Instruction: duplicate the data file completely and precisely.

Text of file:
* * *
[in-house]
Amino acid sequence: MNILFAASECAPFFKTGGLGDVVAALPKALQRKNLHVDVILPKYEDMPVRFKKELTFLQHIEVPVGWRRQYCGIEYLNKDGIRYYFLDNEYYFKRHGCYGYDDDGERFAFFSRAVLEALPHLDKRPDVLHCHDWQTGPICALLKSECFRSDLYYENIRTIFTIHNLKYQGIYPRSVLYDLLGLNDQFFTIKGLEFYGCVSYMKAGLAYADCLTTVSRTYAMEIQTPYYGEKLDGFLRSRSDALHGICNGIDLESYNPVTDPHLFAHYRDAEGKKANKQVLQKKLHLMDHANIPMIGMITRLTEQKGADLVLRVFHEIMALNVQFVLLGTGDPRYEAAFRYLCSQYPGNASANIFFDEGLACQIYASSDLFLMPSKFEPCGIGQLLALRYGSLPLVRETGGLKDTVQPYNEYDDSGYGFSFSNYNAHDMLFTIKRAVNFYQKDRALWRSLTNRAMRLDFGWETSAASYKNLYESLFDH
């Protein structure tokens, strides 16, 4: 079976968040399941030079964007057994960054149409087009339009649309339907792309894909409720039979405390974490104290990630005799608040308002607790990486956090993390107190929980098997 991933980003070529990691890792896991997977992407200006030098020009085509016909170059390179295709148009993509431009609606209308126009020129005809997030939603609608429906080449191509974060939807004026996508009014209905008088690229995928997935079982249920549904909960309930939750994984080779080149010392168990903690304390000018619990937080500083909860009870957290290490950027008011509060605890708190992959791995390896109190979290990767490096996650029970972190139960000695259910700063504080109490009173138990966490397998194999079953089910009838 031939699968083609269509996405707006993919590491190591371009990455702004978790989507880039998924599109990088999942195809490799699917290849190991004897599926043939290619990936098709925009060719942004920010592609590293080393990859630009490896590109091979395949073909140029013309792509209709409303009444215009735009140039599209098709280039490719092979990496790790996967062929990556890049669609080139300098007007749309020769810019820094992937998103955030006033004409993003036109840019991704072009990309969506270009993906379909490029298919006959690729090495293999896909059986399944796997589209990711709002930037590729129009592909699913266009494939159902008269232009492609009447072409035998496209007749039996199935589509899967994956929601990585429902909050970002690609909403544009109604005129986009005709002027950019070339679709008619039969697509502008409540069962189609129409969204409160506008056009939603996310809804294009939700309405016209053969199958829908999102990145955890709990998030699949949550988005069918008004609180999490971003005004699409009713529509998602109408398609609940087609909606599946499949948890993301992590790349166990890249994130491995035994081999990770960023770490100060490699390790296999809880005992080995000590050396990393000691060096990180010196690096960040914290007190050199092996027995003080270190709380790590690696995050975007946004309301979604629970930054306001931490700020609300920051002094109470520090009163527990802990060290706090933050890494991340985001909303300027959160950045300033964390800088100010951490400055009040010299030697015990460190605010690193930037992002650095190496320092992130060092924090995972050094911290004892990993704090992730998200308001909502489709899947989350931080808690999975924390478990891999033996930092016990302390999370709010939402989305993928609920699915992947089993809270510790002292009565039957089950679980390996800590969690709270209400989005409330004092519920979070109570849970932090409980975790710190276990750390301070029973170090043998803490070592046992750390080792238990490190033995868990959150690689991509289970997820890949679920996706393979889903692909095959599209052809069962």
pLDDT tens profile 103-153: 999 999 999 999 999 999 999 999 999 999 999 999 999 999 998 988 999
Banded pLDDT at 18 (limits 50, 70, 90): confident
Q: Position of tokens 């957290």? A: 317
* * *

[in-house]
Amino acid sequence: MNILFAASECAPFFKTGGLGDVVAALPKALQRKNLHVDVILPKYEDMPVRFKKELTFLQHIEVPVGWRRQYCGIEYLNKDGIRYYFLDNEYYFKRHGCYGYDDDGERFAFFSRAVLEALPHLDKRPDVLHCHDWQTGPICALLKSECFRSDLYYENIRTIFTIHNLKYQGIYPRSVLYDLLGLNDQFFTIKGLEFYGCVSYMKAGLAYADCLTTVSRTYAMEIQTPYYGEKLDGFLRSRSDALHGICNGIDLESYNPVTDPHLFAHYRDAEGKKANKQVLQKKLHLMDHANIPMIGMITRLTEQKGADLVLRVFHEIMALNVQFVLLGTGDPRYEAAFRYLCSQYPGNASANIFFDEGLACQIYASSDLFLMPSKFEPCGIGQLLALRYGSLPLVRETGGLKDTVQPYNEYDDSGYGFSFSNYNAHDMLFTIKRAVNFYQKDRALWRSLTNRAMRLDFGWETSAASYKNLYESLFDH
């Protein structure tokens, strides 16, 4: 079976968040399941030079964007057994960054149409087009339009649309339907792309894909409720039979405390974490104290990630005799608040308002607790990486956090993390107190929980098997 991933980003070529990691890792896991997977992407200006030098020009085509016909170059390179295709148009993509431009609606209308126009020129005809997030939603609608429906080449191509974060939807004026996508009014209905008088690229995928997935079982249920549904909960309930939750994984080779080149010392168990903690304390000018619990937080500083909860009870957290290490950027008011509060605890708190992959791995390896109190979290990767490096996650029970972190139960000695259910700063504080109490009173138990966490397998194999079953089910009838 031939699968083609269509996405707006993919590491190591371009990455702004978790989507880039998924599109990088999942195809490799699917290849190991004897599926043939290619990936098709925009060719942004920010592609590293080393990859630009490896590109091979395949073909140029013309792509209709409303009444215009735009140039599209098709280039490719092979990496790790996967062929990556890049669609080139300098007007749309020769810019820094992937998103955030006033004409993003036109840019991704072009990309969506270009993906379909490029298919006959690729090495293999896909059986399944796997589209990711709002930037590729129009592909699913266009494939159902008269232009492609009447072409035998496209007749039996199935589509899967994956929601990585429902909050970002690609909403544009109604005129986009005709002027950019070339679709008619039969697509502008409540069962189609129409969204409160506008056009939603996310809804294009939700309405016209053969199958829908999102990145955890709990998030699949949550988005069918008004609180999490971003005004699409009713529509998602109408398609609940087609909606599946499949948890993301992590790349166990890249994130491995035994081999990770960023770490100060490699390790296999809880005992080995000590050396990393000691060096990180010196690096960040914290007190050199092996027995003080270190709380790590690696995050975007946004309301979604629970930054306001931490700020609300920051002094109470520090009163527990802990060290706090933050890494991340985001909303300027959160950045300033964390800088100010951490400055009040010299030697015990460190605010690193930037992002650095190496320092992130060092924090995972050094911290004892990993704090992730998200308001909502489709899947989350931080808690999975924390478990891999033996930092016990302390999370709010939402989305993928609920699915992947089993809270510790002292009565039957089950679980390996800590969690709270209400989005409330004092519920979070109570849970932090409980975790710190276990750390301070029973170090043998803490070592046992750390080792238990490190033995868990959150690689991509289970997820890949679920996706393979889903692909095959599209052809069962």
pLDDT tens profile 103-153: 999 999 999 999 999 999 999 999 999 999 999 999 999 999 998 988 999
Banded pLDDT at 18 (limits 50, 70, 90): confident
Q: Position of tokens 């957290």? A: 317